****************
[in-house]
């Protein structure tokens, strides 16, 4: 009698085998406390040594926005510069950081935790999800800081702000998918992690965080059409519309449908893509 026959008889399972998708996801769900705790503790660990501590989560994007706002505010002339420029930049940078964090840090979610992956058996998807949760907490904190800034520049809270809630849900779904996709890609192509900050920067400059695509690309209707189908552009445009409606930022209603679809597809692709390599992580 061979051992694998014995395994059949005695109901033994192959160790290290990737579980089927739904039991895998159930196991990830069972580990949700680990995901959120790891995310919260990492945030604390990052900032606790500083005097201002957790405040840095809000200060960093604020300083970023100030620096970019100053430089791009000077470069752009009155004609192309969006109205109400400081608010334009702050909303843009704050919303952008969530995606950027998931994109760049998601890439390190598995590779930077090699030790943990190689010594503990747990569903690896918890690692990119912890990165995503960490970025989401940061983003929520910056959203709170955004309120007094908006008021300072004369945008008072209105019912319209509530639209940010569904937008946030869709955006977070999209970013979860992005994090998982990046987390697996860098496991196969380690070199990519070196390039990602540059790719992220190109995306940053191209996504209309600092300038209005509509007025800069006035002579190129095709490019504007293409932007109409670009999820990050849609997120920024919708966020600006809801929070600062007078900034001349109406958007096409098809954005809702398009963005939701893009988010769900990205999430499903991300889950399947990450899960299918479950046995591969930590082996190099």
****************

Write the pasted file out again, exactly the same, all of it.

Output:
[in-house]
């Protein structure tokens, strides 16, 4: 009698085998406390040594926005510069950081935790999800800081702000998918992690965080059409519309449908893509 026959008889399972998708996801769900705790503790660990501590989560994007706002505010002339420029930049940078964090840090979610992956058996998807949760907490904190800034520049809270809630849900779904996709890609192509900050920067400059695509690309209707189908552009445009409606930022209603679809597809692709390599992580 061979051992694998014995395994059949005695109901033994192959160790290290990737579980089927739904039991895998159930196991990830069972580990949700680990995901959120790891995310919260990492945030604390990052900032606790500083005097201002957790405040840095809000200060960093604020300083970023100030620096970019100053430089791009000077470069752009009155004609192309969006109205109400400081608010334009702050909303843009704050919303952008969530995606950027998931994109760049998601890439390190598995590779930077090699030790943990190689010594503990747990569903690896918890690692990119912890990165995503960490970025989401940061983003929520910056959203709170955004309120007094908006008021300072004369945008008072209105019912319209509530639209940010569904937008946030869709955006977070999209970013979860992005994090998982990046987390697996860098496991196969380690070199990519070196390039990602540059790719992220190109995306940053191209996504209309600092300038209005509509007025800069006035002579190129095709490019504007293409932007109409670009999820990050849609997120920024919708966020600006809801929070600062007078900034001349109406958007096409098809954005809702398009963005939701893009988010769900990205999430499903991300889950399947990450899960299918479950046995591969930590082996190099």